Written and directed by Mark Jenkin
On an island off the Cornish coast, a woman has a simple job: every morning, she walks down to the cliffs, has a look at some flowers growing there, and records the temperature of the ground next to them. Then she walks back, stopping by an old mine shaft to drop a rock down it, and logs her observations once home.
She lives alone out here, the island a windswept rock pounded by waves and beset by shrubs and moss. Scenic, if monotone. It used to have a small mining operation, back when candlelight broke up the darkness, and a church to suggest there was a better place waiting. All long gone now. As the days drag on, visions (real or imagined?) begin haunting the woman, and soon it’s impossible to tell what is terrible reality or delirious nightmare.
Mark Jenkin’s Enys Men is a folksy psych-horror that doubles down on 70s aesthetics and production values to appear more gritty and unpredictable, and Jenkins, a one man band whose duties include directing, writing, cinematography, music, sound editing, and editing, has accomplished something eerie. Unfortunately, the only scary elements are found in the film’s unbalanced audio levels, with the jackhammering racket of the generator the woman powers her home with providing the biggest jump scares.
Enys Men builds very little momentum over its runtime, spending most of its first act trying to put its viewer into some sort of trance before spinning the world out from underneath them, but it never escalates into terror and your feet remain firmly planted throughout. Jenkin shows little feel for the ebb and flow of tension, letting every ominous whoosh flatline before starting back up. The end result is a horror that rarely has you jolt in your seat, let alone on the edge of it.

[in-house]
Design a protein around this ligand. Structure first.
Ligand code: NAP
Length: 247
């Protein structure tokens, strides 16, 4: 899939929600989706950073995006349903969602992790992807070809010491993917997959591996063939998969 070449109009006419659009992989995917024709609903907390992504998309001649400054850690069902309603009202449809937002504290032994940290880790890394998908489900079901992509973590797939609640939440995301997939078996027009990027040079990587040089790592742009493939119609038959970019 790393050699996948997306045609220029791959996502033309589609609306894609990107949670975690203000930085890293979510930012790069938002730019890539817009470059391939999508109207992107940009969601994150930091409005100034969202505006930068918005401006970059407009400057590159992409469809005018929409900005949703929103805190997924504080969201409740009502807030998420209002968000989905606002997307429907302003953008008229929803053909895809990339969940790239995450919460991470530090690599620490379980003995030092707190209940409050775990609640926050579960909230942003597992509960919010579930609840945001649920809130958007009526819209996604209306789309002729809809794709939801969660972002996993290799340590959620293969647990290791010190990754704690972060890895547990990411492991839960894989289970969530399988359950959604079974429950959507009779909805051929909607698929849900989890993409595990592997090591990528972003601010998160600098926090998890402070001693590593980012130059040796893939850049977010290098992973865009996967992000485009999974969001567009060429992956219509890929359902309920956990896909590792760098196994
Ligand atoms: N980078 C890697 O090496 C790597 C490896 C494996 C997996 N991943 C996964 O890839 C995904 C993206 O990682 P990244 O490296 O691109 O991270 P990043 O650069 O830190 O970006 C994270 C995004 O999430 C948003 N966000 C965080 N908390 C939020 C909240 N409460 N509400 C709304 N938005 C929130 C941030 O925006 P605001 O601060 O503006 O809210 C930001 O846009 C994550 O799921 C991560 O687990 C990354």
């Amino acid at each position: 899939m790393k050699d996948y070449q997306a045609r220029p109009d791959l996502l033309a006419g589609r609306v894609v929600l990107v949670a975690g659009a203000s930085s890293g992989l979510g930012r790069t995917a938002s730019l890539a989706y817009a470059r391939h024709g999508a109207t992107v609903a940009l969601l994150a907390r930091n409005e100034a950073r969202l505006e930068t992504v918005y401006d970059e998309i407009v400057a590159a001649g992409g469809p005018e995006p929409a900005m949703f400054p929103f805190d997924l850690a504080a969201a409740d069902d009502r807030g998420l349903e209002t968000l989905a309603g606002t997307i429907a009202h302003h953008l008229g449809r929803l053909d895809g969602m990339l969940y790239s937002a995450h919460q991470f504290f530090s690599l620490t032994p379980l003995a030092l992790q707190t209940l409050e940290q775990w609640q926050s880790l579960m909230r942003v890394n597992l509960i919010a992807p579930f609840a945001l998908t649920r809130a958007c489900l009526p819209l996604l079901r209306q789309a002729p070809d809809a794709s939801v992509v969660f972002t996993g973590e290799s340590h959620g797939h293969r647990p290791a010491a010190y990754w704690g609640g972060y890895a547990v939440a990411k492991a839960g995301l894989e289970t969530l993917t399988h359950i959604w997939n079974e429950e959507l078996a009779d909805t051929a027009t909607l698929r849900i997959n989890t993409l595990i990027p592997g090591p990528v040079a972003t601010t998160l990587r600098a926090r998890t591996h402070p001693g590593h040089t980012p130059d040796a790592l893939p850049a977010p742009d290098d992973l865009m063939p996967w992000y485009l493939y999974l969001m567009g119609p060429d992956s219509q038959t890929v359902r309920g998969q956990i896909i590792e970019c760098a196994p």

Part of that could be the lack of stakes. The protagonist is never given a name (emblematic of how unfinished she seems) and is more a placeholder than an actual protagonist. The consequence is that anything that may befall her elicits as much of an emotional response as seeing the wind playacting at tipping over your patio furniture. Something like: “Hey, c’mon, leave her alone. She never hurt nobody.”
Similarly, both the narrative and plot is broken up and nothing of substance offered, with Jenkin focused on keeping you disoriented and wrongfooted. He seems to have forgotten you have to give people a reason to step inside your movie first.
Technically, there are some things to note in Enys Men. The aforementioned gritty texture is accompanied by unsettling sound design that feels artificial yet claustrophobic in its deceptive distance. The crinkle of a jacket is right up against your ear, the crunch of soil underneath a boot grates, and the hiss of a radio scratches your ear drums. Herein lies most of the eeriness of Enys Men, and if you take the playful sound design away, I’m afraid the film is almost quaint with its landscape photography, long cuts, and straightforward framing.
Ultimately, Enys Men is a quaint ghost story that boos and moans but won’t have anyone shrieking. A visual curiosity that won’t scare you away as its mostly daylit (in)action fails to grab hold of you in its disjointment that it mistakes for unpredictability.